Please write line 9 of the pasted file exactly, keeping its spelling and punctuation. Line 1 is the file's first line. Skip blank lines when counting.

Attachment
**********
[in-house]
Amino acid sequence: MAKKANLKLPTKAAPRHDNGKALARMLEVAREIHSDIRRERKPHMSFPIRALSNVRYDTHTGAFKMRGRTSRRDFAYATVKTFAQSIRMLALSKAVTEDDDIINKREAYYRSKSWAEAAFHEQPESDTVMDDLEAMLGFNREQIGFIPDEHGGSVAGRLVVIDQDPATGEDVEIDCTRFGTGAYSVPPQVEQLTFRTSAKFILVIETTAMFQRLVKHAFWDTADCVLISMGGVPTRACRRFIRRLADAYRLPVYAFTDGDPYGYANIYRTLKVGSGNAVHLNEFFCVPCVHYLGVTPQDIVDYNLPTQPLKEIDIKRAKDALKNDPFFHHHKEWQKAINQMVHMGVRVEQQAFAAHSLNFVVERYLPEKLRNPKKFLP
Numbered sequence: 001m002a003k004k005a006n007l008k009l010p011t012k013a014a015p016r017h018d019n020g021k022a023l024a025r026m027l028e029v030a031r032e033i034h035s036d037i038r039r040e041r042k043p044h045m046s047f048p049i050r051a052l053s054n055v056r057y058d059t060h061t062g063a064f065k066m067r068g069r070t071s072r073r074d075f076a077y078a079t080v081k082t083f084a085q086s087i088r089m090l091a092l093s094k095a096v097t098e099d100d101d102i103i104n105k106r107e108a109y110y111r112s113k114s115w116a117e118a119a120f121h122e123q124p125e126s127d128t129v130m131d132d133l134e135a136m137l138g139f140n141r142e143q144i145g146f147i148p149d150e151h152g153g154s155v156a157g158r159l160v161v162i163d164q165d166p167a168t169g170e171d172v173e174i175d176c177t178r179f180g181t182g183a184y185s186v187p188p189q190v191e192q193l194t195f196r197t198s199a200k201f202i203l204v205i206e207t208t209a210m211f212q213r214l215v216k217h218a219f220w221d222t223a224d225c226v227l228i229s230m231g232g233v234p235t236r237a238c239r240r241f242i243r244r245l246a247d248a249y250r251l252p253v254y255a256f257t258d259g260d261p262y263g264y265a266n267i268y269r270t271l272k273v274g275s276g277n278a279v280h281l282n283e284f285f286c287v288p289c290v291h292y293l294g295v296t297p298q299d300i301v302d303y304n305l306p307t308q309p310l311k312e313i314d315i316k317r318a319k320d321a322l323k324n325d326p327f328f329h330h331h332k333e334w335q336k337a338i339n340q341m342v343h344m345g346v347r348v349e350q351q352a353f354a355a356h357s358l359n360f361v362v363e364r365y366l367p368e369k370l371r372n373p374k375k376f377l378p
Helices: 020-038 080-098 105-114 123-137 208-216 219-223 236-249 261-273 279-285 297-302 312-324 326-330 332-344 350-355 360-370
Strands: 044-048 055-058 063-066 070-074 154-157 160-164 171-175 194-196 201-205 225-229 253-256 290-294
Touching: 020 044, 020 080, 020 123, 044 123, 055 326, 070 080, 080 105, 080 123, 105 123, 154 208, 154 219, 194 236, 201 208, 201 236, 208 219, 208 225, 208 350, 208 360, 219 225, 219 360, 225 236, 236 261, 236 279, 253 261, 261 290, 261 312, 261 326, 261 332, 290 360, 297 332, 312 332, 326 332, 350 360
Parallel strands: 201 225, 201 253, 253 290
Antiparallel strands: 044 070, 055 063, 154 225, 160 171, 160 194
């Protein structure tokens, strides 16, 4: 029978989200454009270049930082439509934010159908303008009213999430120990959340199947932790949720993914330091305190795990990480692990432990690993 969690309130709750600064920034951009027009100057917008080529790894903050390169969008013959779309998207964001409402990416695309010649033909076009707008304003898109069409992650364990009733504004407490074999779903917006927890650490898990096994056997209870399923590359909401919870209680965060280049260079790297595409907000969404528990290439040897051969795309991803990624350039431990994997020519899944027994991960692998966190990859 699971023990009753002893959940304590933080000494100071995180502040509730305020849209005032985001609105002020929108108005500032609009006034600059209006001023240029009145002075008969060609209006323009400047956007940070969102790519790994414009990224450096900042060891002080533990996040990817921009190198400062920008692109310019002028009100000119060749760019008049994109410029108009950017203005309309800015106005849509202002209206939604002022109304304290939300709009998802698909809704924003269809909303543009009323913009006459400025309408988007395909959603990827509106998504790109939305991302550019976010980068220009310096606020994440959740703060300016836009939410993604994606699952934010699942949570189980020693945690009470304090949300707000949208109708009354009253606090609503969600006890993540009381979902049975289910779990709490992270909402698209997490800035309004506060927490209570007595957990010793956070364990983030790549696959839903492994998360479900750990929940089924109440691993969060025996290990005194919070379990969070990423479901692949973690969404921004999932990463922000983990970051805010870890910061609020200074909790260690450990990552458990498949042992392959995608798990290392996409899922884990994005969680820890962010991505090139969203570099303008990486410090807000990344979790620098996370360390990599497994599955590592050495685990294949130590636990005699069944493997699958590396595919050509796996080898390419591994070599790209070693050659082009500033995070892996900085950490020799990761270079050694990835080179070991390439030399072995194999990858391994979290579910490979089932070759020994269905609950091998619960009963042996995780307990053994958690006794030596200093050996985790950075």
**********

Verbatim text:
């Protein structure tokens, strides 16, 4: 029978989200454009270049930082439509934010159908303008009213999430120990959340199947932790949720993914330091305190795990990480692990432990690993 969690309130709750600064920034951009027009100057917008080529790894903050390169969008013959779309998207964001409402990416695309010649033909076009707008304003898109069409992650364990009733504004407490074999779903917006927890650490898990096994056997209870399923590359909401919870209680965060280049260079790297595409907000969404528990290439040897051969795309991803990624350039431990994997020519899944027994991960692998966190990859 699971023990009753002893959940304590933080000494100071995180502040509730305020849209005032985001609105002020929108108005500032609009006034600059209006001023240029009145002075008969060609209006323009400047956007940070969102790519790994414009990224450096900042060891002080533990996040990817921009190198400062920008692109310019002028009100000119060749760019008049994109410029108009950017203005309309800015106005849509202002209206939604002022109304304290939300709009998802698909809704924003269809909303543009009323913009006459400025309408988007395909959603990827509106998504790109939305991302550019976010980068220009310096606020994440959740703060300016836009939410993604994606699952934010699942949570189980020693945690009470304090949300707000949208109708009354009253606090609503969600006890993540009381979902049975289910779990709490992270909402698209997490800035309004506060927490209570007595957990010793956070364990983030790549696959839903492994998360479900750990929940089924109440691993969060025996290990005194919070379990969070990423479901692949973690969404921004999932990463922000983990970051805010870890910061609020200074909790260690450990990552458990498949042992392959995608798990290392996409899922884990994005969680820890962010991505090139969203570099303008990486410090807000990344979790620098996370360390990599497994599955590592050495685990294949130590636990005699069944493997699958590396595919050509796996080898390419591994070599790209070693050659082009500033995070892996900085950490020799990761270079050694990835080179070991390439030399072995194999990858391994979290579910490979089932070759020994269905609950091998619960009963042996995780307990053994958690006794030596200093050996985790950075």